Samuel Moyn, Prominent historian, reveals the dark side of making war more humane. In the years after 9/11, we have entered an age of endless war, with very little debate or discussion,as the United States carries out military operations around the globe, and it hardly matters who the president is or liberals, or conservatives operate the levers of power. The United States exercises dominion everywhere.
Moyn asks the question what if efforts to make ware more ethical – to and torture and limit civilian casualties – have only shored up the military enterprise and made it sturdier? The founders of Red Cross struggled mightily to make war less lethal even as they acknowledged its inevitability. Leo Tolstoy prominently opposed their efforts, reasoning that war needed to be abolished, not reformed – and over the subsequent century, a popular movement to abolish war flourished on both sides of the Atlantic. Reformers shifted their attention from opposing the crime of war to opposing war crimes with fateful consequences.
The ramifications of the shift became apparent in the post 9/11 era. By the time, the US military had embraced the agenda of humane war, driven both by the availability of precision weaponry and the need to protect its image.
The battle shifted from the streets to the courtroom, where the tactics of the war on terror were litigated but its fundamental assumptions went without serious challenge.
These rends accelerated during the Obama and Trump presidencies, as two administrations spoke of American power and morally in radically different tones, they ushered in the second decade of the “forever” war.
Humane is the story of how America went off to fight and never came back, and how armed combat was transformed from an imperfect tool for resolving disputes into an integral component of the modern condition. As American wars have become more humane, they have also become endless. The provocative book argues that this development might not represent progress at all.
Moyn shows How lawyers are integral to American war fighting as generals. The “Kill lists” that Barack Obama so carefully parsed resulted in more civilian deaths than his White House was prepared to admit- 4, 000 alone in the Pakistan Badlands of Wazizistsan, according to Moyn. But these numbers are tiny compared with hundreds or thousands or more who died from the US carpet bombing in Vietnam or Korean wars.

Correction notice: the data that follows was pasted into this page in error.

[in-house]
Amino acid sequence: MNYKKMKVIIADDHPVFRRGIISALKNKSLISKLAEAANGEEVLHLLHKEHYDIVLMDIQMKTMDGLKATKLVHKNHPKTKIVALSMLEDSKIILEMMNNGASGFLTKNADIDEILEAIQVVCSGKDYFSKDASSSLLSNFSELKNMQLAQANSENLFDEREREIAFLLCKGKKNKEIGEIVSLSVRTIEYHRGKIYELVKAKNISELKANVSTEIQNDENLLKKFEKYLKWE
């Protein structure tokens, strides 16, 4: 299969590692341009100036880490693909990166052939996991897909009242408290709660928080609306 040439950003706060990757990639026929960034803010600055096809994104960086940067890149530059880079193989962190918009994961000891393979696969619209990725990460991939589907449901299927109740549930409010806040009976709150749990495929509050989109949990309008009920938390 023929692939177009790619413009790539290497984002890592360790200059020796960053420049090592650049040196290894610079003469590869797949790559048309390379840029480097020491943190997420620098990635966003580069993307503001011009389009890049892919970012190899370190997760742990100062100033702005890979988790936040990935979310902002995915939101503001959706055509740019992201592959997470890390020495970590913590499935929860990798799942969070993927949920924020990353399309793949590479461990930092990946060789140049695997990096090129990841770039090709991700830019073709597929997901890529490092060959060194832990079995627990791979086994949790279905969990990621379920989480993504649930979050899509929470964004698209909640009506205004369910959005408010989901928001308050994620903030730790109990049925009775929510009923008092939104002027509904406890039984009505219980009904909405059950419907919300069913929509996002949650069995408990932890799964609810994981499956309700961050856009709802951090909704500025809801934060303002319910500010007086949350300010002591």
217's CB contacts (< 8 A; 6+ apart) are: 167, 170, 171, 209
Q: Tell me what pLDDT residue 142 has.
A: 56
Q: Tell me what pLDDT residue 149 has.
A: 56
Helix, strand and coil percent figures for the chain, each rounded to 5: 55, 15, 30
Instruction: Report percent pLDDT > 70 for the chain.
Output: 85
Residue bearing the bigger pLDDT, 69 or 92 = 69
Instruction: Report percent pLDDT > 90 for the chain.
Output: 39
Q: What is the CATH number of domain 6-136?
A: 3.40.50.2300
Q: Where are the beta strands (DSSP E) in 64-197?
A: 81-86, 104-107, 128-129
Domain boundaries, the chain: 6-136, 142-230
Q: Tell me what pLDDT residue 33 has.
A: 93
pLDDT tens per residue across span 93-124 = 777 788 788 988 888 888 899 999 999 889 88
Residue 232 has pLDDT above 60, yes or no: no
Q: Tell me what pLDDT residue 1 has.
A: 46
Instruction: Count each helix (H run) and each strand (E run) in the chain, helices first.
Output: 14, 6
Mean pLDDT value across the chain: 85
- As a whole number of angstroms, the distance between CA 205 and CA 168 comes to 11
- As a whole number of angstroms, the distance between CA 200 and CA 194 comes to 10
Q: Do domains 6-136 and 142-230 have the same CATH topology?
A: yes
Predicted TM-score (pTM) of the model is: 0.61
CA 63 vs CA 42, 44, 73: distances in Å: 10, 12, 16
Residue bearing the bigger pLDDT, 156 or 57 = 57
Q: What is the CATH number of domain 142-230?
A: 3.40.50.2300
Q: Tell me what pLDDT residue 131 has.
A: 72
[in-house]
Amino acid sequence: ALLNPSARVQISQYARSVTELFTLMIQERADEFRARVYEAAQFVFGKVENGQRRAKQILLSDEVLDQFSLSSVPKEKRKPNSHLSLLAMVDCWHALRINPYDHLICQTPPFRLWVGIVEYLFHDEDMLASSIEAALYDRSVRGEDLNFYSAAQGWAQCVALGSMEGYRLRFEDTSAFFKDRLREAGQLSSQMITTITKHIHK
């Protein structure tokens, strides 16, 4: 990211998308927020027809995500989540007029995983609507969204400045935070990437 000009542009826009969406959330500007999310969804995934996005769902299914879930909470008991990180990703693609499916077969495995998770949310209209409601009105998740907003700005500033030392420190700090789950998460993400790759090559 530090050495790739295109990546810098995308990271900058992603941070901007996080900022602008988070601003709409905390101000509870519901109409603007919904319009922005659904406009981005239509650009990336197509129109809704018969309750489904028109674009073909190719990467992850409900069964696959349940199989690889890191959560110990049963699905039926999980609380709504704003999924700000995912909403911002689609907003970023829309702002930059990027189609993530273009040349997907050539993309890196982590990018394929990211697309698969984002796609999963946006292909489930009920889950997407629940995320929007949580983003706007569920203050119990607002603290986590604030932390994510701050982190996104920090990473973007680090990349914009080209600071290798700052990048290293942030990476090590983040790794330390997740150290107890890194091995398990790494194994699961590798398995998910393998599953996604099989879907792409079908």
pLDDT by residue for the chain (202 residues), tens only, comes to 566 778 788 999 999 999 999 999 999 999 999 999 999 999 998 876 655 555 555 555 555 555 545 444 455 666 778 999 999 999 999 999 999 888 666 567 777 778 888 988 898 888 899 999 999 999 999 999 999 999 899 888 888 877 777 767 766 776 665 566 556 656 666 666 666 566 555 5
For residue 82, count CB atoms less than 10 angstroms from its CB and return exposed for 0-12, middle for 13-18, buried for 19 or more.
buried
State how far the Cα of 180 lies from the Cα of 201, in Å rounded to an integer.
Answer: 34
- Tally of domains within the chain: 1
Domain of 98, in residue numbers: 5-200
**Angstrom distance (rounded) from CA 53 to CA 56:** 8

Obama was forced to navigate between two Georges, George McGovern, the Democratic presidential candidate and whose disastrous anti-war campaign against Nixon turned his party permanently hawkish, and George Bush who had overstepped the 9/11 remit to launch an invasion of Iraq. Obama did so in putting it all on a sounder legal footing. The same day Obama banned torture he launched his first drone strike. He carried out more in the first year than Bush had in his full eight years as president.
A few week after taking office Obama globalised and formalised America’s counter terrorism doctrine beyond Bush’s morally objectionable stance.
Moyn elaborates “It was the initial rationale for what became a spree of humane killing on which the Sun might never set in space or end in time”.
Obama is very much the face of America’s new era of “humane” combat – a war far removed even from those who are doing the killing.
In the first volume of his memoirs, Obama says he wanted to save the young men who were giving the US so much trouble- to send them to school and give them a trade, and drain them of hate. “ And yet the world they were a part of – , and the machinery I commanded, more often had me killing them instead., “Obama wrote.
Since war has become so much less bloody, and involves so many fewer Americans, what is to stop it from becoming perpetual. If you are a hawk the answer is who cares as long as terrorists are eliminated, the US government is doing its job.
The problem is not every president will be as conscientious as Obama, see Donald Trump. What is to stop other countries, like China from putting their drones to similar use.
The future of autonomous drones that will have the capacity to kill based on algorithms rather than human calculation, it is a terrifying prospect.
It remains to be seen Whether President Biden’s withdrawal from Afghanistan will mark an end to the boots on the ground dimension of America’s forever wars – if not to its remote control global war on terror. The fortunes of three places, – Clarksburg, West Virginia, Greenwich Connecticut and the south side of Chicago are pushing America to breaking point.
Richard Nixon once said about US voters, “People react to fear, not love. They do not teach that in Sunday school but it’s true”.
America has changed by the first attack on its Homeland since the Pearl Harbour, as the smouldering wreck of the Twin Towers Americas woke up on 9/12 to a world permanently changed.
George W Bush and his successors tried to separate the global war on terror everyday American life.
Humane: How the United States Abandoned Peace and Reinvented War by Samuel Moyn, Farrar, Straus and Groux, $30, 416 pages. Bloomsbury £20, 480 pages.